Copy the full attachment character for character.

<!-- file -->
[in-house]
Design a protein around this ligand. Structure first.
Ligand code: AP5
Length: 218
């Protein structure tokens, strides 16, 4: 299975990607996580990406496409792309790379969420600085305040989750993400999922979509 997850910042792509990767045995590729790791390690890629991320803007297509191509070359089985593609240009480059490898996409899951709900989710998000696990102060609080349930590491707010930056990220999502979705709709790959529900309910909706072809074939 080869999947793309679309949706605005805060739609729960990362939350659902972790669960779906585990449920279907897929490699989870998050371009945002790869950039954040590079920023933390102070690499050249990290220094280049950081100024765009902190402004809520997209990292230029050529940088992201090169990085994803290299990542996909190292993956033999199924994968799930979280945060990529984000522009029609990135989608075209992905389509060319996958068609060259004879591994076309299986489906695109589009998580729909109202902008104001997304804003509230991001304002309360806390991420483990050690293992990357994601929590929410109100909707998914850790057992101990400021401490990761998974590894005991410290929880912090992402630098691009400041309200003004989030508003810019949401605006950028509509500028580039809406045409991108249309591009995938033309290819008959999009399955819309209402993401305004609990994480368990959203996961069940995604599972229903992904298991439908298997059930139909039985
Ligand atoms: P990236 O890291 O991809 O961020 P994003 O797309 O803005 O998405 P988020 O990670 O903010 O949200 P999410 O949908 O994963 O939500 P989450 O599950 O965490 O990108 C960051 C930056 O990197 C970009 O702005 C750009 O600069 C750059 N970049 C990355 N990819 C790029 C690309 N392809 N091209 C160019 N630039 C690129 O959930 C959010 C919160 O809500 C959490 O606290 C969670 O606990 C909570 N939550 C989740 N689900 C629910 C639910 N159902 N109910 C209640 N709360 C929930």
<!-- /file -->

[in-house]
Design a protein around this ligand. Structure first.
Ligand code: AP5
Length: 218
């Protein structure tokens, strides 16, 4: 299975990607996580990406496409792309790379969420600085305040989750993400999922979509 997850910042792509990767045995590729790791390690890629991320803007297509191509070359089985593609240009480059490898996409899951709900989710998000696990102060609080349930590491707010930056990220999502979705709709790959529900309910909706072809074939 080869999947793309679309949706605005805060739609729960990362939350659902972790669960779906585990449920279907897929490699989870998050371009945002790869950039954040590079920023933390102070690499050249990290220094280049950081100024765009902190402004809520997209990292230029050529940088992201090169990085994803290299990542996909190292993956033999199924994968799930979280945060990529984000522009029609990135989608075209992905389509060319996958068609060259004879591994076309299986489906695109589009998580729909109202902008104001997304804003509230991001304002309360806390991420483990050690293992990357994601929590929410109100909707998914850790057992101990400021401490990761998974590894005991410290929880912090992402630098691009400041309200003004989030508003810019949401605006950028509509500028580039809406045409991108249309591009995938033309290819008959999009399955819309209402993401305004609990994480368990959203996961069940995604599972229903992904298991439908298997059930139909039985
Ligand atoms: P990236 O890291 O991809 O961020 P994003 O797309 O803005 O998405 P988020 O990670 O903010 O949200 P999410 O949908 O994963 O939500 P989450 O599950 O965490 O990108 C960051 C930056 O990197 C970009 O702005 C750009 O600069 C750059 N970049 C990355 N990819 C790029 C690309 N392809 N091209 C160019 N630039 C690129 O959930 C959010 C919160 O809500 C959490 O606290 C969670 O606990 C909570 N939550 C989740 N689900 C629910 C639910 N159902 N109910 C209640 N709360 C929930």